Click here for updates on the evolving COVID-19 situation at Rice
Rice University’s Student Newspaper — Since 1916

Sunday, January 23, 2022 — Houston, TX °

Rodeo Houston 2019: Who to see, what to eat

Illustrated by Esther Tang

By Christina Tan     2/26/19 9:33pm

Fried bacon-wrapped cinnamon rolls, “minnepumpkin” pie, a $2.17 million prize pool — who says Texans don’t have culture? It’s time to put on newly-bought cowboy boots and sweat in jeans because the Houston Rodeo is in town. A conglomeration of carnival, cowboy sport and musical performances, the three-week-long Houston Rodeo is a spring must-go for both native Texans and wanna-be Texans alike. 


Unfortunately, if you’re reading this you’re too late — recent Grammy Award winner Kacey Musgraves performed on Monday. But Musgraves leads a star-studded music lineup, which includes authentic country artist Chris Stapleton, country/pop artist Brad Paisley, electronic dance music artist Zedd and hip-hop artist Cardi B. All performances are in the stadium itself and vary in cost depending on which seat you want — nosebleed seats usually cost around $20. Weekday performances start at 8:45 p.m. and weekend performances typically start at 5:45 p.m.


In addition to musical performances, the rodeo offers a different type of show: two cowboy-style shows, where competitors lasso, ride and trap their way to a $2.17 million prize pool. These shows are the Super Series and the Super Shootout, both of which include events like bareback riding, saddle bronc riding and barrel racing. Access to the shows is included in the sticker price for musical performances, but must be purchased in addition to grounds tickets (if you’re not seeing a musical performance). Get there early to see the grand entry and the national anthem salute, both of which include fireworks, color and much fanfare.

Grounds tickets are standard entrance, and give access to the carnival aspect of the rodeo. Hosted on the grounds outside of NRG stadium, the carnival includes rides, food and mini-cowboy shows: think little children trying their best to hang onto sheep. However, the rodeo ain’t cheap — within the grounds, you must purchase separate tickets to buy food and access rides. A notable ride is the Ferris Wheel at night, which provides a scenic view of the entire rodeo.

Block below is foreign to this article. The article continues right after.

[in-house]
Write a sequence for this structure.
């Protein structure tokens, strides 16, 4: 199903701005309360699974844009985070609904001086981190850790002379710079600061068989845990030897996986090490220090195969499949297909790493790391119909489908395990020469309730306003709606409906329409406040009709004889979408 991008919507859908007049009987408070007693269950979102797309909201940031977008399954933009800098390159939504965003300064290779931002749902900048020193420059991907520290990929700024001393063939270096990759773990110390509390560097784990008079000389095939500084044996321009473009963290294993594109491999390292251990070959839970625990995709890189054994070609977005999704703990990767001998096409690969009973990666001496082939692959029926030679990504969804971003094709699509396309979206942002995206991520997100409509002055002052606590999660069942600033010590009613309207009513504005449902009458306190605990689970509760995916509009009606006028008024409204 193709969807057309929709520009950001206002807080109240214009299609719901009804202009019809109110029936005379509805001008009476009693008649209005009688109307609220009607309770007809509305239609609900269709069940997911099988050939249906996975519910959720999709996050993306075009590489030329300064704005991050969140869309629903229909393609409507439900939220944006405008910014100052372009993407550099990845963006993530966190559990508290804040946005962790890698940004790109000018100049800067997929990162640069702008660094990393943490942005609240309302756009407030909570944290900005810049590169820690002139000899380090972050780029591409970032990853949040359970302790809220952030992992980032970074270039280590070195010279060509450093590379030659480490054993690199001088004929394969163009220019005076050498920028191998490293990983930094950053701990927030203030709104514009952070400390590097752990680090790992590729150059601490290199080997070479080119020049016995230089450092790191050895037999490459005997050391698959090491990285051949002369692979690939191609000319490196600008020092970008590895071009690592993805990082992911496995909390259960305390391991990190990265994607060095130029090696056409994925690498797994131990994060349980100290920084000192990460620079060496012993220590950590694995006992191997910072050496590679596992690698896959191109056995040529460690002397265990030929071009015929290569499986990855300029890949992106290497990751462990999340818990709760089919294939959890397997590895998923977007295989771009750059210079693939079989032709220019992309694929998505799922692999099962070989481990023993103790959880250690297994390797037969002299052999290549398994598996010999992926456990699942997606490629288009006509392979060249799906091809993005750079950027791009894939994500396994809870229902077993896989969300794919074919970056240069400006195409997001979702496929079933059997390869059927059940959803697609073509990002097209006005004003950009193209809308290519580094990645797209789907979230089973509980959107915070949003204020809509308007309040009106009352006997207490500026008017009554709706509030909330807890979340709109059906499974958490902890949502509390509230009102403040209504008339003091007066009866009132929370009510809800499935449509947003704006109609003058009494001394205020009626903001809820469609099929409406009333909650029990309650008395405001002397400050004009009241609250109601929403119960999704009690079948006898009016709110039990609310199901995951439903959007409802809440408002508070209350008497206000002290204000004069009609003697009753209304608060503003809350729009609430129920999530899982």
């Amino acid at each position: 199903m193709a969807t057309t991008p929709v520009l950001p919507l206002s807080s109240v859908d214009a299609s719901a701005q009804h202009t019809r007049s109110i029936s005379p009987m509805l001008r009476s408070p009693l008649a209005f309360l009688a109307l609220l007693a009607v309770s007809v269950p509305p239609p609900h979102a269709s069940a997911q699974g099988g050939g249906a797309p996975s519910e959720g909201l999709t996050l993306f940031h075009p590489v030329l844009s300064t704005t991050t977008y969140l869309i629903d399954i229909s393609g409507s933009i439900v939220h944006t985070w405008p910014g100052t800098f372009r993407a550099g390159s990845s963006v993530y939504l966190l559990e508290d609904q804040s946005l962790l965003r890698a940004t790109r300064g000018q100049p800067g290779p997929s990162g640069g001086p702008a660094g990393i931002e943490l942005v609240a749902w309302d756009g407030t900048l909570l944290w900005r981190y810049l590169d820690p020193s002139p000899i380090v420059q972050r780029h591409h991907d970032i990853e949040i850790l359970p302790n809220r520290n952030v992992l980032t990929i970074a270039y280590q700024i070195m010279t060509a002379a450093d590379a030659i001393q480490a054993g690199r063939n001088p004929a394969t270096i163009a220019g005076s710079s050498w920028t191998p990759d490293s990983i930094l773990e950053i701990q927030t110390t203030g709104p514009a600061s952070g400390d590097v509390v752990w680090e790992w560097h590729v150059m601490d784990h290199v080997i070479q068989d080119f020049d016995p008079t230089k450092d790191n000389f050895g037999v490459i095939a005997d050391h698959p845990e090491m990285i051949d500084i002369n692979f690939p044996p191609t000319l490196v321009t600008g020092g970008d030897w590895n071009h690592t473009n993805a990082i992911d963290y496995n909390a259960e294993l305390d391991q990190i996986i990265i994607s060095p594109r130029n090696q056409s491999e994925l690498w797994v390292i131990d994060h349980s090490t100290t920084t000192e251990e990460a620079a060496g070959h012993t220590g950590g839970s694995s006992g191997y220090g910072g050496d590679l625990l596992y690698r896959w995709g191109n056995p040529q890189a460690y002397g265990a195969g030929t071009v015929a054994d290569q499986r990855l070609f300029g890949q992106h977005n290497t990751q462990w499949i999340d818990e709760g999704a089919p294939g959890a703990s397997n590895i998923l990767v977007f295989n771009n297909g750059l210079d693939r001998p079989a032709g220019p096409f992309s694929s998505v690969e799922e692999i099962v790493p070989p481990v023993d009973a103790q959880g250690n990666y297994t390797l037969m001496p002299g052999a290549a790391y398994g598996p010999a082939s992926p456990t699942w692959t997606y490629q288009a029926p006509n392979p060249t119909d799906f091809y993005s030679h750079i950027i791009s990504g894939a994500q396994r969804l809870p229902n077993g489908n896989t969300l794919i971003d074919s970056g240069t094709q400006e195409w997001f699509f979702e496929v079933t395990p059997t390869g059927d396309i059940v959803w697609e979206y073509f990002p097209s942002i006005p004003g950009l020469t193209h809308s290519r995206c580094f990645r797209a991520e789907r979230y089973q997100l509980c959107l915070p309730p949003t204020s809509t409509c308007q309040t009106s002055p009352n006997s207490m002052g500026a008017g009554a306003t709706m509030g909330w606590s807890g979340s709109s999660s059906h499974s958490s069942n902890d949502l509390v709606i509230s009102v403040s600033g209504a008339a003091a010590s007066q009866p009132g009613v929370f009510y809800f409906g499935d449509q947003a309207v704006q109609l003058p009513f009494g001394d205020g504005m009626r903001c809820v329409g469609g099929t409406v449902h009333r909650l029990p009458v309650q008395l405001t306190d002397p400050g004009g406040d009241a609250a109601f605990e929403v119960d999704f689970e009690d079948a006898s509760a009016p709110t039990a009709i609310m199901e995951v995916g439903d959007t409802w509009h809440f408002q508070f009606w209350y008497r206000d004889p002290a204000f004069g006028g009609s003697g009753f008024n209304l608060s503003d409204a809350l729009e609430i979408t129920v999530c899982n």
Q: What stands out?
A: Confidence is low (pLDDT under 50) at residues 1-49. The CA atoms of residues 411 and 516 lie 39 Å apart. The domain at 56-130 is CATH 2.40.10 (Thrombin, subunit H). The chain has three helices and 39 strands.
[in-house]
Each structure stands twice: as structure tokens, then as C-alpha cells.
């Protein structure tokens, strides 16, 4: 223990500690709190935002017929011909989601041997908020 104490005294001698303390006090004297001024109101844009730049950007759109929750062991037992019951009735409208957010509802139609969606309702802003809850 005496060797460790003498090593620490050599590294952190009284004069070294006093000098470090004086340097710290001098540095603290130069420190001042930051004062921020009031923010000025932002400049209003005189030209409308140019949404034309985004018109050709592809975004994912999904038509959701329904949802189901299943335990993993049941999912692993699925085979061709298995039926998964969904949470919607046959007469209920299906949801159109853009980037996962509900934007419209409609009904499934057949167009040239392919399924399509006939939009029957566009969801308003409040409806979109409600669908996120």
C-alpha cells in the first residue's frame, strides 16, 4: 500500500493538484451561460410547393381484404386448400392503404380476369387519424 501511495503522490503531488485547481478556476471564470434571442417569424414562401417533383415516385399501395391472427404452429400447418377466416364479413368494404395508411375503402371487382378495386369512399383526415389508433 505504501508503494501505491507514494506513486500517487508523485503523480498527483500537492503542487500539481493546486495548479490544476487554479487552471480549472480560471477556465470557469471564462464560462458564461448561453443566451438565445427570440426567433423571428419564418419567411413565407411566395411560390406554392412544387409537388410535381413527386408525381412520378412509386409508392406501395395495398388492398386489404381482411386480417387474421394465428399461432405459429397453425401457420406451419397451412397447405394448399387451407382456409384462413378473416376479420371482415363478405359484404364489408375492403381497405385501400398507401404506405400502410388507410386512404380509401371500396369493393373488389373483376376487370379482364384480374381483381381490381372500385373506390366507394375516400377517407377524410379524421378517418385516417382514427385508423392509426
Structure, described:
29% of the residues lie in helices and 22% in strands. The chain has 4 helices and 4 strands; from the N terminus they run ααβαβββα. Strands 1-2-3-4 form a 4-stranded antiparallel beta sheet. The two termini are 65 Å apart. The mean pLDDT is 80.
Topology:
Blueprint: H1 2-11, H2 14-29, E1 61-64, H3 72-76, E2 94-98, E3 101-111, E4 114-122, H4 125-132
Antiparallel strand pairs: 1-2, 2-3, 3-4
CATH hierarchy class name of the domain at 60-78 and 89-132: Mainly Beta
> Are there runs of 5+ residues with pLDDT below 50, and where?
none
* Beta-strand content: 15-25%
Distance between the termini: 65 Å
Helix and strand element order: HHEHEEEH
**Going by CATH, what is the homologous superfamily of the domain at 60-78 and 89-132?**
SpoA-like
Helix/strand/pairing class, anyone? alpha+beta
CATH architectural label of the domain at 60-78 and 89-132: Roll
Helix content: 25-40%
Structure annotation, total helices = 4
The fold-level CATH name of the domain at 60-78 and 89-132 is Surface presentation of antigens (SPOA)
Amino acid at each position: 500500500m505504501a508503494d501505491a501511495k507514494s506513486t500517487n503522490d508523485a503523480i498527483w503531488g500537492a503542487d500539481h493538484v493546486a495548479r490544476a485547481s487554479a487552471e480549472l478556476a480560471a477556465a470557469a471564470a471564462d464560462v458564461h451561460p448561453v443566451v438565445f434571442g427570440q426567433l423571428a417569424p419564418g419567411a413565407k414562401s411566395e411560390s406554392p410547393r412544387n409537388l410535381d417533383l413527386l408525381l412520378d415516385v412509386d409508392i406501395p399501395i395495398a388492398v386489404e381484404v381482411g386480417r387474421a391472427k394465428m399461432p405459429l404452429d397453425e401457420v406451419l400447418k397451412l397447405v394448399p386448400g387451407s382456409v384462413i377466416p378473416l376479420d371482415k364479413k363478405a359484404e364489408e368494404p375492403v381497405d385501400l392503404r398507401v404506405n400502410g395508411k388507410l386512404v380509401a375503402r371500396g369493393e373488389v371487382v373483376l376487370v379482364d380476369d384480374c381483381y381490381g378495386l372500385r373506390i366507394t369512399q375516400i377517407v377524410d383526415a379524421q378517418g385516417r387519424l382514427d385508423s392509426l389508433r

In addition to the carnival, grounds access also includes the livestock show and birthing center. You can watch farm animals give birth — weird, but if you want to call yourself an authentic Texan, you gotta do what you gotta do.


On the grounds, you can access a blissful amount of fried food. From fried butter to fried Nutella to fried Pop Tarts, prepare your arteries for crunchy, oily goodness (my favorite are the fried Oreos, a rodeo staple). The prices are admittedly steep, but the experience is unique. If you didn’t get a taste of turkey leg at North Servery, be sure to cop one of these monsters to bring around on your rodeo adventures — but find someone to share it with, as they tip the scale at 1.5 pounds.


The weather is perfect to go in full yeehaw outfit — any later, and your denim will be drenched in sweat. To get to the rodeo, take the METRORail to the Stadium Park/Astrodome stop and get off right outside of the grounds. Alternatively, an Uber/Lyft will run you around $10. Tickets cost $15 for general grounds entry and an extra $20 or more for musical performance/rodeo entry. Keep an eye out for “Family Wednesdays,” which include $2 rides, games and food from 11 a.m. - 4 p.m.

The Houston Rodeo continues until March 17 and is located at NRG Park and Stadium.

More from The Rice Thresher

A&E 1/18/22 11:39pm
Review: FKA Twigs showcases dazzling candy-pop on ‘Caprisongs’

“Hey, I made you a mixtape / Because when I feel you, I feel me / And when I feel me, it feels good,” breathes FKA Twigs in “ride the dragon,” the first track on her latest album, “CAPRISONGS.” Released on Jan. 14, “CAPRISONGS” is a love letter to friendship, music, adventure, collaboration and, most of all, to Twigs herself. A drastic departure from the divine, heartrending emotion of “MAGDALENE,” its follow-up is a blitzy, feature-filled mirage of candied pop. Described by Twigs as “bronzer in the sink, alco pop on the side, a cherry lolly… a club pre-game, meeting a friend at the airport, just togetherness,” the album is studded with plastic rhinestones. Though “CAPRISONGS” sporadically falls prey to underdeveloped interludes and forgettable songs, its otherworldly synth frenzy renders it a respectable recovery mixtape. 

A&E 1/18/22 11:35pm
Review: Hanya Yanagihara’s 'To Paradise' — It took me there

The first man will never have to work in his life, in fact he is so wealthy he can leave everything to chase love. The second man is a broke paralegal who fled from his homeland and is now dating his wealthy boss. The third is a successful virologist, whose very success has trapped him instead of freeing him.

A&E 1/18/22 11:30pm
Review: Earl Sweatshirt embraces lush production and a newfound openness on ‘SICK!’

Earl Sweatshirt’s “SICK!” sees him use his shortcomings as fuel for a personal rebirth and desire for self-improvement. A lot has changed for Earl since his 2019 EP, “FEET OF CLAY.” At that time, he had been struggling with alcohol addiction and “an endless loop of self-harm and isolation.” Now, he has been working towards recovery by reducing alcohol and drug use while trying to be a good father to his young son.


Please note All comments are eligible for publication by The Rice Thresher.